“The problem with quotes on the internet is that they are often not true.” Abraham Lincoln
“The internet is a prime example of how terrorists can behave in a truly transnational way; in response, States need to think and function in an equally transnational manner.” Ban Ki-moon Secretary-General of the United Nations
“What the internet has done is it has decentralized power.” Heather Brooke
“Social Media made you all way too comfortable with disrespecting people and not getting punched in the face for it.” Mike Tyson
Terrorism has famously been called “propaganda of the deed.” I know I have written a lot about terrorism over the past few years. Several have questioned my peculiar preoccupation in a subject as loathsome as this one. I continue to seek to understand the mind of radical Islamist jihadism. I am both disturbed by and fascinated with it conceptually. I suppose what beguiles me the most is the “why.” What are some people so captivated by that causes them to be willing to destroy themselves and the lives of countless others around them, both the familiar and complete strangers? Jeremiah tells us that “the heart is hopelessly dark and deceitful, a puzzle that no one can figure out.” (17:9-10) Yet there is something within me that wants, even needs, to understand. So I research and I write in an attempt to make some sort of sense out of it.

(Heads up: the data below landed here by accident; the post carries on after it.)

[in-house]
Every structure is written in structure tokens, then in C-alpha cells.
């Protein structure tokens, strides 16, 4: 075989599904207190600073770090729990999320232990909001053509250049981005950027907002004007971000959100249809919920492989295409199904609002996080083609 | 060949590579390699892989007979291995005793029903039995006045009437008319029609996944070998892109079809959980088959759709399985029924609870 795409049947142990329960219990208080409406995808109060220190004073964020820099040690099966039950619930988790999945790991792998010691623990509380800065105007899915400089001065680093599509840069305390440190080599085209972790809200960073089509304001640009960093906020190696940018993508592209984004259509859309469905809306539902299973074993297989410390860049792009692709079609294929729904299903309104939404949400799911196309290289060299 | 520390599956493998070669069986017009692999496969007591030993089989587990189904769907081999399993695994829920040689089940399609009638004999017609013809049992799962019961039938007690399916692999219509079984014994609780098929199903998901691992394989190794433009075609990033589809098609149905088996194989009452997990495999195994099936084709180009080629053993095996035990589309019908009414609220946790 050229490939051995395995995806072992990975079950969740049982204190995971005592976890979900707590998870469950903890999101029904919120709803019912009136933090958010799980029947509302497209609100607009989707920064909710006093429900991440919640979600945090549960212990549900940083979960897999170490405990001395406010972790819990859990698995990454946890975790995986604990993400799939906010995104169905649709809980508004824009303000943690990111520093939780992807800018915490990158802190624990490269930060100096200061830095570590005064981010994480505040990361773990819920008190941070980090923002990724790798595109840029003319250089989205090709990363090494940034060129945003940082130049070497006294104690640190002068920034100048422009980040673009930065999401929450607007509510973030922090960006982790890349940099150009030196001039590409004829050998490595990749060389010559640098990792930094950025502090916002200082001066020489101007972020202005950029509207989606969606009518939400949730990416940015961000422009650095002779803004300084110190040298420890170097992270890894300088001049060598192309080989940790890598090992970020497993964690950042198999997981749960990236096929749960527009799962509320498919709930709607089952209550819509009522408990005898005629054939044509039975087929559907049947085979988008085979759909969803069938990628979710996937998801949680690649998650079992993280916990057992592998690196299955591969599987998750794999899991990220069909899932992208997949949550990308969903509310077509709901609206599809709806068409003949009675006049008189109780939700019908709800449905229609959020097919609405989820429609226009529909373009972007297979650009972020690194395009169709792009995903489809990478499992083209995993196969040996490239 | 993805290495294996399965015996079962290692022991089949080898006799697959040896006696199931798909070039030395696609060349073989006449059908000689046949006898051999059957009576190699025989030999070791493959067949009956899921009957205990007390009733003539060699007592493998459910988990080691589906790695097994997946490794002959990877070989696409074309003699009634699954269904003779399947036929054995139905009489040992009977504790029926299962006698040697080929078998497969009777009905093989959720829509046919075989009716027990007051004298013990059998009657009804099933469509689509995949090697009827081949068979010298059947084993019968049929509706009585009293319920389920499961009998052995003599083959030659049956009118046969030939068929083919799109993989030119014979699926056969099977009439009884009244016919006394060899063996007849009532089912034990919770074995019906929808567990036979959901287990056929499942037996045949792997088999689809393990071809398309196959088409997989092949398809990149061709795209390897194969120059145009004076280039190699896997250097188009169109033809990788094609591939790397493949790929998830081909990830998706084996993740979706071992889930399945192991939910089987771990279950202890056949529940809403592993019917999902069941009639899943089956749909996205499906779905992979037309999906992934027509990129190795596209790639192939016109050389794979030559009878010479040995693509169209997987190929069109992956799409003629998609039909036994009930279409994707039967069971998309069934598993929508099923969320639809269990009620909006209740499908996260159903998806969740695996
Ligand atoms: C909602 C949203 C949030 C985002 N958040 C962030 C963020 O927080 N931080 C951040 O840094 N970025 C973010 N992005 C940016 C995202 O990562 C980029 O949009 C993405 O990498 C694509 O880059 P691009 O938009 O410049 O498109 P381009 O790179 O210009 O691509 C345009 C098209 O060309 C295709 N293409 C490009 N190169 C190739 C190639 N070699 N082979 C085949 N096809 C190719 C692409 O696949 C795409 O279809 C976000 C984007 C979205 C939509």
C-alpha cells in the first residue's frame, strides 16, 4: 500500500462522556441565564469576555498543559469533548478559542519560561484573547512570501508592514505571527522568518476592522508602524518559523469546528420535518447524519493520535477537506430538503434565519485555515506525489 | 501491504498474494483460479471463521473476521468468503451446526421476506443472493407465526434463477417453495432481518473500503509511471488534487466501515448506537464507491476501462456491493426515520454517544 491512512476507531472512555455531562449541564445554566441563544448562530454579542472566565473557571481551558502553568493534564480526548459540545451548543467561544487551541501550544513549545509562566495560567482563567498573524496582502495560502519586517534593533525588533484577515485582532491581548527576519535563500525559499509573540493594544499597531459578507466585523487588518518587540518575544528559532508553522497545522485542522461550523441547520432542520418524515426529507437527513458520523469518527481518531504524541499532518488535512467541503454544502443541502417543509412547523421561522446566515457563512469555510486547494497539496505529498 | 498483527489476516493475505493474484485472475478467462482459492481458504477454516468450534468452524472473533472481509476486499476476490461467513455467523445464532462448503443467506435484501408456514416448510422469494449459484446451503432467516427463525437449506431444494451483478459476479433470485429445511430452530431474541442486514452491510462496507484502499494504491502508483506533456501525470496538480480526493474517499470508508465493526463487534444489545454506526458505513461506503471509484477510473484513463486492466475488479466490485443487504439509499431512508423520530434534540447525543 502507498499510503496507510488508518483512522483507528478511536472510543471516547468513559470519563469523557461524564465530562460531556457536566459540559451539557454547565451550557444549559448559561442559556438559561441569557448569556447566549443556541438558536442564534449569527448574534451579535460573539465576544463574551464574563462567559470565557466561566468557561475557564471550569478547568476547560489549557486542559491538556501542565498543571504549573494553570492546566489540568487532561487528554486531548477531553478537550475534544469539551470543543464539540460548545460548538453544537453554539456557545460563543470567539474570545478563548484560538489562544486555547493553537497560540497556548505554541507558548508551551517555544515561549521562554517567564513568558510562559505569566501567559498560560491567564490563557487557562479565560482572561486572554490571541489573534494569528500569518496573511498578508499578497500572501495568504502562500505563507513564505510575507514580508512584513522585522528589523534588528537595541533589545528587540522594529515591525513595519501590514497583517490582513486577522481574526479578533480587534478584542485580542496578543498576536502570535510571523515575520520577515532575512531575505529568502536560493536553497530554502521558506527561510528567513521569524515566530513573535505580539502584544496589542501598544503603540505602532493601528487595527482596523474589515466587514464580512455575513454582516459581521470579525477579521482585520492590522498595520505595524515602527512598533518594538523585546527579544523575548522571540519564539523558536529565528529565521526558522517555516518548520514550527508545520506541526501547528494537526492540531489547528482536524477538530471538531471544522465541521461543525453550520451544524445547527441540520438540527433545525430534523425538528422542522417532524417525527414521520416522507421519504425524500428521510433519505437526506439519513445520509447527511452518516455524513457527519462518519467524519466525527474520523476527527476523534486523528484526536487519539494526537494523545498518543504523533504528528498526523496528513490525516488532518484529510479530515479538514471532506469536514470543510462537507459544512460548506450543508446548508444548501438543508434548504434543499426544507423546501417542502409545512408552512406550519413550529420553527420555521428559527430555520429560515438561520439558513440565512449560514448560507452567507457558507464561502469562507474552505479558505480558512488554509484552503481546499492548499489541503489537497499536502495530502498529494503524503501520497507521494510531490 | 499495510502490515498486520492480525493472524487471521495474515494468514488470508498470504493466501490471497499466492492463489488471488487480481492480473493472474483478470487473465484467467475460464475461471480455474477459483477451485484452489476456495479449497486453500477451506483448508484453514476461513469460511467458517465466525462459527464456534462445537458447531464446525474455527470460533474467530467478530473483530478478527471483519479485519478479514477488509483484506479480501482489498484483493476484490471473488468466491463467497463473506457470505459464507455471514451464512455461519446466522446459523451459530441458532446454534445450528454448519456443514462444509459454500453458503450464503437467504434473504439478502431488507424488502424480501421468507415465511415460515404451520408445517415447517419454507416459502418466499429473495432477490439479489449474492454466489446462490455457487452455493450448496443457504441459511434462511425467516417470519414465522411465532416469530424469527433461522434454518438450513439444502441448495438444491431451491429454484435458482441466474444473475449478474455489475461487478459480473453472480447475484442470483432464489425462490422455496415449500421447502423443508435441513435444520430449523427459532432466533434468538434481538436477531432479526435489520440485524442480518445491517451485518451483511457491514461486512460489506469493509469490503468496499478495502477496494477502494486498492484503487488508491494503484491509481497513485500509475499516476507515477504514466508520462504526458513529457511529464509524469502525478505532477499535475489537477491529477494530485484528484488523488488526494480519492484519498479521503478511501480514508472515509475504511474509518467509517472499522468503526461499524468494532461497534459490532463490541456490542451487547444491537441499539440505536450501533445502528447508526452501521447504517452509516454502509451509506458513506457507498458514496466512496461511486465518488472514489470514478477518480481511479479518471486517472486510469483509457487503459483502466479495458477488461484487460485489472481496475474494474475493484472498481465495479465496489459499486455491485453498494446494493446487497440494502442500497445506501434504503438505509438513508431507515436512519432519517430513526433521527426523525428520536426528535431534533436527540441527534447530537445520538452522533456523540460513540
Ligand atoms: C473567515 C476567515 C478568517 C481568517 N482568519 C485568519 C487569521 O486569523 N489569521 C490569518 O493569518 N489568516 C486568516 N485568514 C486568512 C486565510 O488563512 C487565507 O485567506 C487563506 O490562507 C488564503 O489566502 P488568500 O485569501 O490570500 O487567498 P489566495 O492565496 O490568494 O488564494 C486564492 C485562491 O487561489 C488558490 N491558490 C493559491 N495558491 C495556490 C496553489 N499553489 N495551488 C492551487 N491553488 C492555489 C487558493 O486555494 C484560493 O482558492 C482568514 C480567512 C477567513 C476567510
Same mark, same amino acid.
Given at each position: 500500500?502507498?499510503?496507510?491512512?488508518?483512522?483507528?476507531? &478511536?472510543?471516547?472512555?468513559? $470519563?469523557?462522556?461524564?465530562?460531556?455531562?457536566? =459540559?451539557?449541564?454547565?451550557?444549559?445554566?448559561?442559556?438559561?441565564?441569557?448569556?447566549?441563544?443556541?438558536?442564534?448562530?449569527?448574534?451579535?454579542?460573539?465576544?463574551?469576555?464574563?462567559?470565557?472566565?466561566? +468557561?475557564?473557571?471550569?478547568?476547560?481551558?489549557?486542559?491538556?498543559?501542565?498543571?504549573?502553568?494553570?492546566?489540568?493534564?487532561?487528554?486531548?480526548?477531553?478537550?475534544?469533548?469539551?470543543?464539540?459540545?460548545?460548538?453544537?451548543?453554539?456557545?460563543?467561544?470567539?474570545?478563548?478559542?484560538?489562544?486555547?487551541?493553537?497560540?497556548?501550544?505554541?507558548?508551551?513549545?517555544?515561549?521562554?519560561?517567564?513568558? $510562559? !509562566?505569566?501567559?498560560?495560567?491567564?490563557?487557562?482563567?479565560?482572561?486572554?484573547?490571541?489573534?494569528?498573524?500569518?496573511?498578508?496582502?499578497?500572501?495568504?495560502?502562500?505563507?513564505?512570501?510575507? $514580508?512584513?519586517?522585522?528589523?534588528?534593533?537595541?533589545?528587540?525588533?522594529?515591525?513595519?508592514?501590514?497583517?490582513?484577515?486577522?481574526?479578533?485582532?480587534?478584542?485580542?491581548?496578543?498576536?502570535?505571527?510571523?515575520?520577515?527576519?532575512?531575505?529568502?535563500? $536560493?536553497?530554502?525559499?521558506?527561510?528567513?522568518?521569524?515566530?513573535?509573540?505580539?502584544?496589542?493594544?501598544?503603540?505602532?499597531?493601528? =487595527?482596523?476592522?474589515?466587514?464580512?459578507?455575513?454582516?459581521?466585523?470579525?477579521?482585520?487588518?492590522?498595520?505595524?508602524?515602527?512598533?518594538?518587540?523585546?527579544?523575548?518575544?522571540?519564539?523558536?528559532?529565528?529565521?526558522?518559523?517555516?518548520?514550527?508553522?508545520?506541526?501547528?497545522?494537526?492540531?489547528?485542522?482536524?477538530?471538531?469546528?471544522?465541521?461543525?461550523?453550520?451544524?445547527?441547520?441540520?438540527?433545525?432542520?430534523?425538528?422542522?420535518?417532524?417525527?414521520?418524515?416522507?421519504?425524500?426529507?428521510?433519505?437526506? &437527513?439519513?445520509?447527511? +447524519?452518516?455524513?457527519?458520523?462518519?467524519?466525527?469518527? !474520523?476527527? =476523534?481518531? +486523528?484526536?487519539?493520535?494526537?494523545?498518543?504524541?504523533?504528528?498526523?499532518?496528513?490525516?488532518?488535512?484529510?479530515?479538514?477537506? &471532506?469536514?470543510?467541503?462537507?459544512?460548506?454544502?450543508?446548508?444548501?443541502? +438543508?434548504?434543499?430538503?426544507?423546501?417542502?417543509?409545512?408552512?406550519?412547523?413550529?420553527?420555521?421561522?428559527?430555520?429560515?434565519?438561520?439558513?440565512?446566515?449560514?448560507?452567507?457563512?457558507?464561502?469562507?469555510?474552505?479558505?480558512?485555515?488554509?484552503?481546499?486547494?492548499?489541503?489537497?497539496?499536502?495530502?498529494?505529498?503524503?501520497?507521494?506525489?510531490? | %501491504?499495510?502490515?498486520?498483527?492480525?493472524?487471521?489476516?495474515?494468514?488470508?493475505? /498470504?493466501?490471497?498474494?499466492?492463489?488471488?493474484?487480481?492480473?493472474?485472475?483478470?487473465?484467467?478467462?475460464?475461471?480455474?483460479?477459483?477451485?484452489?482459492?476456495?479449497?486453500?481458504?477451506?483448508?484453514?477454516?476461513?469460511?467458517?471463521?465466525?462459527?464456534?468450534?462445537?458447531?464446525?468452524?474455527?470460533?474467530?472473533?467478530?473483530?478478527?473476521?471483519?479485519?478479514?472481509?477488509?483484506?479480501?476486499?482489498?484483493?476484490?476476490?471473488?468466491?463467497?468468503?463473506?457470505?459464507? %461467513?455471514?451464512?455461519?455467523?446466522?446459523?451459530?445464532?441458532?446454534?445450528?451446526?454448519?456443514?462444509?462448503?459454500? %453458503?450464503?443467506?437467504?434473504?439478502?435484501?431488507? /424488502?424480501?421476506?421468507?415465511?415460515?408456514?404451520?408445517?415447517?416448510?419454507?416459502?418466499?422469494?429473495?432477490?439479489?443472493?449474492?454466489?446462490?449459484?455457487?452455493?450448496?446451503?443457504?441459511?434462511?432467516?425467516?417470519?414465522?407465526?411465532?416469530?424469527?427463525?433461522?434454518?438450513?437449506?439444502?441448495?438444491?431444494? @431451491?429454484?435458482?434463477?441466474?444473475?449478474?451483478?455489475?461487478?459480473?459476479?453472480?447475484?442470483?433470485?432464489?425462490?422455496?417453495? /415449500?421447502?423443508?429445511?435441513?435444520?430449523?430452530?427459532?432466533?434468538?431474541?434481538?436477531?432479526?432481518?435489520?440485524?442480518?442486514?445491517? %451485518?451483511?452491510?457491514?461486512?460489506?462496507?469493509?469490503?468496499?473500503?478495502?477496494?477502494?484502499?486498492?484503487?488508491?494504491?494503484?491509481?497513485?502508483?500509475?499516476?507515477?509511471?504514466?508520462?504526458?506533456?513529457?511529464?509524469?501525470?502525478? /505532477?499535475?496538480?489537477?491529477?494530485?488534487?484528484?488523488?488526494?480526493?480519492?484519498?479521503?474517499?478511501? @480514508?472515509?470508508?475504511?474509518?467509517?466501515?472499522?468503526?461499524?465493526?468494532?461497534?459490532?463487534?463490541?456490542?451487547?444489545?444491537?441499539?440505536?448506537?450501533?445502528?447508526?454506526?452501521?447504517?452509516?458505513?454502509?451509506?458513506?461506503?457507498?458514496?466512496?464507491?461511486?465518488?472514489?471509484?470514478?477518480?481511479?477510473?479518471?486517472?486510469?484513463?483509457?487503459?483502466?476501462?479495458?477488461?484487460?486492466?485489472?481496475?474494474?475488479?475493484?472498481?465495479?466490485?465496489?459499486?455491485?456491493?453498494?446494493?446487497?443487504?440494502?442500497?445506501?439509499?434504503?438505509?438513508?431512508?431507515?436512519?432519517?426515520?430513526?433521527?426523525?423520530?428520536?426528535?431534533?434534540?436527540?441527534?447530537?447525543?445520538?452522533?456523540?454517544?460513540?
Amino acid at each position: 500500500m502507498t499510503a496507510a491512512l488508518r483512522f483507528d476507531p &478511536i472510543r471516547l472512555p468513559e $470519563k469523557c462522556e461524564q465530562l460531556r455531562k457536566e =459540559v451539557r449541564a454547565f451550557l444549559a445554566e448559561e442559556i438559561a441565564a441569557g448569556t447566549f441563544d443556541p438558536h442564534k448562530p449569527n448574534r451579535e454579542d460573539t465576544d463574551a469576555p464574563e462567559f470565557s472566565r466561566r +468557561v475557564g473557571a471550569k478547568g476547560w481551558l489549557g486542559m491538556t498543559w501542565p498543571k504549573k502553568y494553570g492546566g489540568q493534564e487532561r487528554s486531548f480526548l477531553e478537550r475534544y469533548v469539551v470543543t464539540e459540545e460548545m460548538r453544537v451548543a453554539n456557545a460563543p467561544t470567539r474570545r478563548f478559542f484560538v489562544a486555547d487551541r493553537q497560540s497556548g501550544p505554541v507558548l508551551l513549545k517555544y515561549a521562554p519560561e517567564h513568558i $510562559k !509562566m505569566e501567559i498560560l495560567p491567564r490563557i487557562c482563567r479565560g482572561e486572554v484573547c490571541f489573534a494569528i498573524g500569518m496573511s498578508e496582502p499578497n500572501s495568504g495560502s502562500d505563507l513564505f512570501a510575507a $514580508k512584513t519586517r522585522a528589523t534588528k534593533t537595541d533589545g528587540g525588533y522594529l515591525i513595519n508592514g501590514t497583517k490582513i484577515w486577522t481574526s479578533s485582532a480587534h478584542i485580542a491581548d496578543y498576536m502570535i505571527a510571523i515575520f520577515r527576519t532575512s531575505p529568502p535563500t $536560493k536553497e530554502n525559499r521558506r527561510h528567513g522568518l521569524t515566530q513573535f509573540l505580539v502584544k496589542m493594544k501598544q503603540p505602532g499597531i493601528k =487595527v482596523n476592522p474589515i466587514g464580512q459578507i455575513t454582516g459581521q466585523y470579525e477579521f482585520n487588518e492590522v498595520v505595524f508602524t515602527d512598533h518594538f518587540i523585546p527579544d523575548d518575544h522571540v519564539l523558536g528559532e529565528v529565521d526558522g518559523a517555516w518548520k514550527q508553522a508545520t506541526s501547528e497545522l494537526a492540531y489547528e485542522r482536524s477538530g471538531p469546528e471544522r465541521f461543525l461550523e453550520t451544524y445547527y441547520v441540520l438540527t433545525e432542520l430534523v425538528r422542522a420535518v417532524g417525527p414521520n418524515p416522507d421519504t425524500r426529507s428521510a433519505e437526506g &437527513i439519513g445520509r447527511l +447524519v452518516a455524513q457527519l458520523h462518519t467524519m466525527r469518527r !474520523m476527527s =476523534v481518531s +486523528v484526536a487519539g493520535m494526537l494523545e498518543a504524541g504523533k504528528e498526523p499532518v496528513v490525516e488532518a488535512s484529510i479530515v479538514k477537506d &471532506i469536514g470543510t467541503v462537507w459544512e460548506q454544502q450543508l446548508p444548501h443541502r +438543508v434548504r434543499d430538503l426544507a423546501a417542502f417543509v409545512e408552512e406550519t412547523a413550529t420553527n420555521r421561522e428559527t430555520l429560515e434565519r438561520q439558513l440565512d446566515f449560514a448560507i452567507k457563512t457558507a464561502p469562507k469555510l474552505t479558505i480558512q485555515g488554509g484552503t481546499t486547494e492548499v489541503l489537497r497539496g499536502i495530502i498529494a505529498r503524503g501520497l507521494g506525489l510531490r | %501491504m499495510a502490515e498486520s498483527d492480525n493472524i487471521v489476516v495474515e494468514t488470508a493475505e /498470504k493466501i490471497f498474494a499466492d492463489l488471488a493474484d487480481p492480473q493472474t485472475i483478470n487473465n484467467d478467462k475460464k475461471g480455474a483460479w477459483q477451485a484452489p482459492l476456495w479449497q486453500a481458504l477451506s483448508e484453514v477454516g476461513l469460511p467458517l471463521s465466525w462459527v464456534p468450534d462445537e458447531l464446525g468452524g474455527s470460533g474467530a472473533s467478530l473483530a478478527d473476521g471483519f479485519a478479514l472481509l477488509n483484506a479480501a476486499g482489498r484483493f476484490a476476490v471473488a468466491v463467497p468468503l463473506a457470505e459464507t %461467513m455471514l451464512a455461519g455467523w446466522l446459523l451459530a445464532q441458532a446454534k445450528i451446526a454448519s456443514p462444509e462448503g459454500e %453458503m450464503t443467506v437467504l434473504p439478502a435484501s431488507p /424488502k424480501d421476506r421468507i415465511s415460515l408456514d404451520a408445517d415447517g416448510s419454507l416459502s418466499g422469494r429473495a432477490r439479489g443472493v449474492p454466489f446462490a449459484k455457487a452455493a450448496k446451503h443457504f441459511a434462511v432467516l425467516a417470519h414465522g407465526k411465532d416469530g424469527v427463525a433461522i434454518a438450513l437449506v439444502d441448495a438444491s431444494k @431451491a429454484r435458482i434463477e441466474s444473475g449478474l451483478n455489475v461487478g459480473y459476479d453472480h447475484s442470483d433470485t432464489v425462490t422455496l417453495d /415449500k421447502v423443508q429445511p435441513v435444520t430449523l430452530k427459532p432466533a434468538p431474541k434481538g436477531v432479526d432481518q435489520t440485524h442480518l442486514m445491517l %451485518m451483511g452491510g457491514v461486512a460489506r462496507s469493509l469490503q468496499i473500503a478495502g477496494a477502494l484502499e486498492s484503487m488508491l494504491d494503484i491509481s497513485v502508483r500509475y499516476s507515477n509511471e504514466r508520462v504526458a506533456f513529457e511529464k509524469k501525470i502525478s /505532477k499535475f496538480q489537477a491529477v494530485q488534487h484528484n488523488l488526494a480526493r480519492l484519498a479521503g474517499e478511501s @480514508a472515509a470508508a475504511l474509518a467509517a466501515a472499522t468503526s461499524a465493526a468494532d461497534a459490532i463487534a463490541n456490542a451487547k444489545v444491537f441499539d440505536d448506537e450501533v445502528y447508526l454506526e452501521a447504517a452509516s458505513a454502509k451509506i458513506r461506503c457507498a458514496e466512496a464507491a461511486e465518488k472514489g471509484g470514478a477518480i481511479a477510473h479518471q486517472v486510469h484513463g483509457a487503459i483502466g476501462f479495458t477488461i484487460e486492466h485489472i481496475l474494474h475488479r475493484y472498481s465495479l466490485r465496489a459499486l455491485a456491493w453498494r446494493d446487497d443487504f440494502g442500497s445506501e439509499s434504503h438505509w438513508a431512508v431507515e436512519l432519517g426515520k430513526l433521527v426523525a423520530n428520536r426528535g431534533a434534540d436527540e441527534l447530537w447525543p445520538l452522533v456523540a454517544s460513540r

This week, I want to examine the use of a 20th and 21st-century technology that has catapulted the capabilities of jihadist terrorists to new heights. The development of increasingly sophisticated technologies has created a network with a truly global reach and relatively low barriers to entry. Internet technology makes it easy for an individual to communicate with relative anonymity, quickly and effectively across borders, to an almost limitless audience. The benefits of internet technology are numerous, starting with its unique suitability for sharing information and ideas, which is recognized as a fundamental human right.
As we move through our days being deeply impacted by the mainstream media that we consume, it would be easy to overlook several realities which loom large on each of our horizons, both individually and collectively. The most pervasive of these is the ever-present presence of a digital world that fills our inboxes, occupies space in our web browsers, and clogs the arteries of our social media existence.
The matter that we will discuss this week in More than Meets the Eye concerns the intense terrorist activity taking place 24 hours a days, 7 days a week, throughout the continuum known as the internet.
How do terrorists use the internet? Below is both a typology for thinking about terrorist use of the internet and a lexicon for breaking down the activities terrorists engage in on various types of technology platforms. Generally speaking, terrorists use the internet in much the same way as other people: They send messages, coordinate with people, and share images and videos.